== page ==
Welcome Guest!
 austin-bikes
 Previous Message All Messages Next Message 
Clear Channel DJ's call for assaults on cyclists  David Dobbs (Realtime)
 Oct 22, 2003 01:39 PDT 

--============_-1145313162==_ma============
Content-Type: text/plain; charset="us-ascii" ; format="flowed"

Re: Attached story from Los Angeles Times and complaint by Kevin
Bray against Clear Channel Communication radio station WDCG-FM in
Raleigh, NC.

Dear FCC Complaint Section:

Like Kevin Bray, below, I, too, am an avid cyclist. I log 50 to 60
miles a week on Austin streets often in difficult traffic conditions
with impatient aggressive drivers who regularly break the law and are
frequently intolerant of other travelers, particularly those of NOT
in an automobile. Daily drivers hurl insults at me from passing cars
without any provocation whatsoever even when I am riding on
sidewalks! They also habitually encroach on my space and fail to
yield when I have the legal right-of-way.

Given that drive-time radio is heavily patronized, the FCC needs to
come down hard on radio stations and disk jockeys that incite
violence on our streets and encourage individuals already so inclined
to maim and kill others.

This is NOT free speech but clearly a case of "clear and present
danger." As Justice Oliver Wendell Holmes observed "The most
stringent protection of free speech would not protect a man in
falsely shouting fire in a theatre and causing a panic. It does not
even protect a man from an injunction against uttering words that may
have all the effect of force. The question in every case is whether
the words used are used in such circumstances and are of such a
nature as to create a clear and present danger that they will bring
about the substantive evils that Congress has a right to prevent. It
is a question of proximity and degree." (SCHENCK v. UNITED STATES 249
U.S. 47).

In this case, Congress has empowered you to act and therein prevent
grievous personal and public harm by sending a clear message to the
offenders here, and others so inclined, that the public air waves
cannot not be used legally for "uttering words that may have all the
effect of force..." given the circumstances in question.

Apologies in this matter are simply not enough. These DJ's were
advocating cold-blooded murder.

Thank you for your attention to this matter.

Sincerely,

David D. Dobbs
9702 Swansons Ranch Road
Austin, Texas 78748
(512) 282-1149

++++++++++++++++++++++++++++++++++++++

re-priinted from the Los Angeles Time, October 7, 2003

Cyclists fail to see humor in DJs' calls for assaults.

By J. Michael Kennedy, Times Staff Writer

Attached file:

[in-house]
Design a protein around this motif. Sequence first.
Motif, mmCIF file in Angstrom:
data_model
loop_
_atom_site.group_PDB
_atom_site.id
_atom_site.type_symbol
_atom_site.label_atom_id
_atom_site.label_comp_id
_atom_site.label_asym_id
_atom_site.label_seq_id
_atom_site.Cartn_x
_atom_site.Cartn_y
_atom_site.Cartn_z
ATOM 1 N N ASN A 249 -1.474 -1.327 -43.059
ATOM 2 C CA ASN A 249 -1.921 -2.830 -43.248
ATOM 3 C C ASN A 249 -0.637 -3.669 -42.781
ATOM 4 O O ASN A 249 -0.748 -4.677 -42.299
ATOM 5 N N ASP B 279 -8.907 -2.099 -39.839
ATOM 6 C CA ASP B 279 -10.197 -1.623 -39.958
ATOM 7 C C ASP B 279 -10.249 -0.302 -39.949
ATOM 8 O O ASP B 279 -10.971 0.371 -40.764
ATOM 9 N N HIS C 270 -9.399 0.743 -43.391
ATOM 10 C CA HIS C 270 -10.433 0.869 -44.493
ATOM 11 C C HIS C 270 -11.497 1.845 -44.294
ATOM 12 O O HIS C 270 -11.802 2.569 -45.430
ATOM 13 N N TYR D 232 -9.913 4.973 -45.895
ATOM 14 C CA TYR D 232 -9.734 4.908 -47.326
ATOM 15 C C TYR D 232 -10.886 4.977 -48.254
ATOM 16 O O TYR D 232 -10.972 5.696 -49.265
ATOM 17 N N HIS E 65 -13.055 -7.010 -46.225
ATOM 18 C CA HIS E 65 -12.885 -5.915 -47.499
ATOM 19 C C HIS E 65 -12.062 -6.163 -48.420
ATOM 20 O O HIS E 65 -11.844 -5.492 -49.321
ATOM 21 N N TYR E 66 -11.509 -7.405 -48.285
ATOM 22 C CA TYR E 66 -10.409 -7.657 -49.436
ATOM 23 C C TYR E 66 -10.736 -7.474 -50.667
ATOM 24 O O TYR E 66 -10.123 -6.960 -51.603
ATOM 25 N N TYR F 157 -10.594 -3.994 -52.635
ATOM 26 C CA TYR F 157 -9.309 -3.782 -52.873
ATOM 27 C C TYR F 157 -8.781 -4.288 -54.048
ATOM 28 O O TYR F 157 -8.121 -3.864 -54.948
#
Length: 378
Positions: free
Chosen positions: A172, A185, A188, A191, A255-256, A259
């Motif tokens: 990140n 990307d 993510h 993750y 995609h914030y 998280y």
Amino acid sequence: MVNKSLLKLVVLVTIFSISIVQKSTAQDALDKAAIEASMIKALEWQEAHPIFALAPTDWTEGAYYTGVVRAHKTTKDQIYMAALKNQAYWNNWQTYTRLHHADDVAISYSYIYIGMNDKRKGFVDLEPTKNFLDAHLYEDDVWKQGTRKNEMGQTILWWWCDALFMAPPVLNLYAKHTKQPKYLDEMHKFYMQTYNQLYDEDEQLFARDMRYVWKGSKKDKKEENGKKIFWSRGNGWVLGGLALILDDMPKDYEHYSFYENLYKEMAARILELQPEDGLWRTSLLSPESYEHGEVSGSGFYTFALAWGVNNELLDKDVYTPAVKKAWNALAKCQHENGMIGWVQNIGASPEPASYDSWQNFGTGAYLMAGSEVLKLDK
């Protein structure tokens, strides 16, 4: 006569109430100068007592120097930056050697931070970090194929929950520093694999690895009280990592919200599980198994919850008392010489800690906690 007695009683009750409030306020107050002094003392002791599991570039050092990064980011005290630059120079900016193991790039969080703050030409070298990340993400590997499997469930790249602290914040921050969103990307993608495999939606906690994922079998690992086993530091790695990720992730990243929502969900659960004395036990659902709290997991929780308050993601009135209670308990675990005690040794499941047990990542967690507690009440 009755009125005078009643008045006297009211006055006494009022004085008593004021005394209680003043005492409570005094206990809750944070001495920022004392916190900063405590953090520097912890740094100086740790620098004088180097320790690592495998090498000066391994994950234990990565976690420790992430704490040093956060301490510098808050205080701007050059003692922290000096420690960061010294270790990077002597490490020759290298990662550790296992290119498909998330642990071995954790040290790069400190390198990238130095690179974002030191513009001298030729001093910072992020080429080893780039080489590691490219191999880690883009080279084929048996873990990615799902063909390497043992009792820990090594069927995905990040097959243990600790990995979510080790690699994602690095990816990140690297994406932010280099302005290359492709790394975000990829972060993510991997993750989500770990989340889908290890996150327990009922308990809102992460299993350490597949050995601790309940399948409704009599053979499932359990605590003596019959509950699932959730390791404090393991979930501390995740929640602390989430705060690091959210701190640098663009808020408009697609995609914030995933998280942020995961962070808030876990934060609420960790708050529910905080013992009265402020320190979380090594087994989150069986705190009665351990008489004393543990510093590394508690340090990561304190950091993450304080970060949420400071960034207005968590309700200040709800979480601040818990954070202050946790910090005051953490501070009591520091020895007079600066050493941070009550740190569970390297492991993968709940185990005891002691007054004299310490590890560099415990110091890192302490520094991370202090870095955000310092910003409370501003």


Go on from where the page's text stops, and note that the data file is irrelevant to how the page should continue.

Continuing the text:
Kevin Bray was, well, shocked, when he heard that shock jocks were
urging their listeners to run bicyclists off the road. He was
horrified when he found out it had happened at least three times
since July, in each case at stations owned by radio behemoth Clear
Channel - first in Cleveland, then Houston and finally at a station
in Raleigh, N.C. To Bray, an avid cyclist and veteran North Carolina
highway patrolman, there seemed to be an ominous pattern developing.

"All I can say is, 'Who's next?' " said Bray, who has filed a
complaint against the Raleigh station with the Federal Communications
Commission. "What these people are doing is some sort of sick
marketing ploy."

That thought has also occurred to Patrick McCormick, director of
communications for the 40,000-member League of American Bicyclists,
an organization dedicated to preserving cyclists' rights. He said his
group has been deluged with complaints now that three major radio
markets have been beset by the same anticyclist comments. "We're
still contemplating what we're going to do as a national
organization," McCormick said.

The incidents have stirred rage in the cycling world. In each
incident, disc jockeys derided cyclists and encouraged listeners to
run them down. In the latest example, at Raleigh station WDCG-FM,
disc jockeys Bob Dumas and Madison Lane began their rant against
cyclists on Sept. 22. In the course of the program, listeners flooded
their telephone lines to vent about cyclists, including one woman who
boasted that her father intentionally hit one while they were on the
way to church. One of the DJs promoted the joys of hitting cyclists
with Yoohoo bottles.

When patrolman Bray heard about the program, he wrote an e-mail to
the shock jocks, warning them they were instructing the motoring
public in how to commit assault with a deadly weapon - their cars.
Bray also informed them that he was reporting them to the FCC.

"I don't know much about radio broadcasting," he wrote. "But I have
enough sense to know that these acts are either illegal or contrary
to the code of ethics you should be bound by when the FCC allows you
to go on the air."

The station's initial response came from station manager Kenneth
Spitzer, who referred to the show as "animated banter." But after a
demonstration outside the station and the threat by advertisers to
pull out, Spitzer issued a public apology on the air Thursday.

The first of the anticyclist diatribe occurred last July in